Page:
Dex review for PS Vita, PS4, Xbox One

Platform: PS Vita
Also On: PS4, Xbox One, PC
Publisher: Badland Games
Developer: Badland Games/Dreadlocks
Medium: Digital
Players: 1
Online: No

It doesn’t take long for Dex?s complete and utter hackiness to reveal itself: the game starts with the titular character being woken up telepathically by a mysterious being, who then tells her she needs to escape to a ?hacktivist bar? and find someone named Decker.

Now, in isolation, one of those things might be acceptable. Stories starting with a character being woken up? A clich?, but every plot has to start somewhere. Using a buzzword to describe the main character? Again, stupid, but I guess it does the job of conveying to you exactly what kind of game you’re getting into. But combining those two things in a sci-fi dystopia where a character’s name is one step removed from being named after Blade Runner’s protagonist? That’s all a little too on the nose for my tastes.

Of course, considering all the game’s other flaws, coming off as highly derivative is the least of Dex’s concerns.

Like, if we’re ranking everything it does wrong, I’d place ?reliance on clich?s? way behind the fact the combat is thoroughly uninspired. You walk up to baddies and just start punching, basically, and you punch until you’ve either worn them down or been punched so much your health is gone. If you’re feeling stealthy, you can sneak up behind people and choke them out. There are also weapons, but those are about as fun to use as you’d expect. Whatever method you prefer, however, you’re sure to be in for a forgettable experience.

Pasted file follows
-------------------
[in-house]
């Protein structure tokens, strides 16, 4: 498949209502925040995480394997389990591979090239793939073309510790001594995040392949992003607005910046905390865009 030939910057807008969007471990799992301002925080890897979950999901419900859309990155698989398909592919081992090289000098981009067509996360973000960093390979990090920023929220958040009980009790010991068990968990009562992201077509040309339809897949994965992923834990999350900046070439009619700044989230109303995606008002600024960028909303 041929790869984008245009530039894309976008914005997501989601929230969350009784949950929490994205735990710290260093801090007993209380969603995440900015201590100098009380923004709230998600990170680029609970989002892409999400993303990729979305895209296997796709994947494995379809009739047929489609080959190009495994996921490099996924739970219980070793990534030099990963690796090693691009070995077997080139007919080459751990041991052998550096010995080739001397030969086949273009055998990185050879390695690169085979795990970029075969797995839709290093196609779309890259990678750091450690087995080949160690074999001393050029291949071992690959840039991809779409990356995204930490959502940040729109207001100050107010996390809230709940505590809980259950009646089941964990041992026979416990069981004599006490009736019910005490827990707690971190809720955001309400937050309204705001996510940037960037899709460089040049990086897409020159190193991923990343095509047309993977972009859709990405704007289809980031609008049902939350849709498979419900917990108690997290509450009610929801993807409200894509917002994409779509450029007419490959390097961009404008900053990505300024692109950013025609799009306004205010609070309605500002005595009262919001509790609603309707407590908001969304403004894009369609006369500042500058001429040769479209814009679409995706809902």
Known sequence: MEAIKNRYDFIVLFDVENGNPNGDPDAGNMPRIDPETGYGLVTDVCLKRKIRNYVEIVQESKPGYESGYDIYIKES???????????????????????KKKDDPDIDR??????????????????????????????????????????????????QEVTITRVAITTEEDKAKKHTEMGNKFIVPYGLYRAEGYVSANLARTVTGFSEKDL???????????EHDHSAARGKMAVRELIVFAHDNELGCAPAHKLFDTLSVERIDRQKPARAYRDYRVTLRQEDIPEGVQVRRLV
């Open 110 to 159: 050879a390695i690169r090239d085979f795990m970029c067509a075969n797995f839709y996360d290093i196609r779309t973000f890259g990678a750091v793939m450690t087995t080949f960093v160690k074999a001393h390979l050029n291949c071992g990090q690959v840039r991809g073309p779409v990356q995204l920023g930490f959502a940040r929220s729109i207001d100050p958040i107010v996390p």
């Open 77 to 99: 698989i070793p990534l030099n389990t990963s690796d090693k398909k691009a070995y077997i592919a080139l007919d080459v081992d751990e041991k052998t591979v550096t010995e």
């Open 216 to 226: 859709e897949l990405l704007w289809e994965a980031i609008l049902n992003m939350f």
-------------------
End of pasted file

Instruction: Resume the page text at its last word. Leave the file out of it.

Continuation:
Similarly, the clich?s might be forgivable — or at least bearable — if they weren’t delivered by some of the world’s worst voice actors. Alas, such is not the case, and the game’s terrible dialogue is given life by people who often sound like they’re reading their lines for the first time, often in whatever ?wacky? accents pop into their heads. The effect is kind of like watching a particularly annoying community theatre troupe who, for whatever reason, have been rendered digitally and thrown into a middling video game.

And speaking of amateurish, there’s Dex’s terrible performance. I’m not usually one to care about most of that stuff, which should tell you how egregiously bad it is here. Load times generally stretch into eternity, and the on-screen graphic showing how much has loaded has little to no basis in reality. On top of that, this game is prone to freezing and skipping and whatever other issues you can think of. It wasn’t uncommon for the game to seize up in the middle of…well, anything, but it was particularly bad when you’d be trying to fight an enemy, and the game would pause for a moment while it figured out what it wanted to do next.

Perhaps the game’s biggest sin, though, is the fact it seems to have been designed by someone who?s never seen how light works. Rather than, say, simply making everything brightly lit, or filling the world with shadows — both totally valid options — Dex’s designers decided to make it so that you always had a narrow shaft of light in front and behind you at all times. On paper, I guess, that sounds okay, but in practice, it means you have a constantly shifting beam of light going in either direction, flickering on and off around corners depending on where you’re standing on the screen, as if your character herself is a light source. It’s visually confusing, and it really encapsulates everything this game does wrong.

But really, who am I kidding? Dex is so bad in so many ways, everything it does encapsulates all that it does wrong. That’s kind of the way it is for bad games, and when a game is as bad as Dex, it shouldn’t be a surprise when everything about it is awful.

Grade: D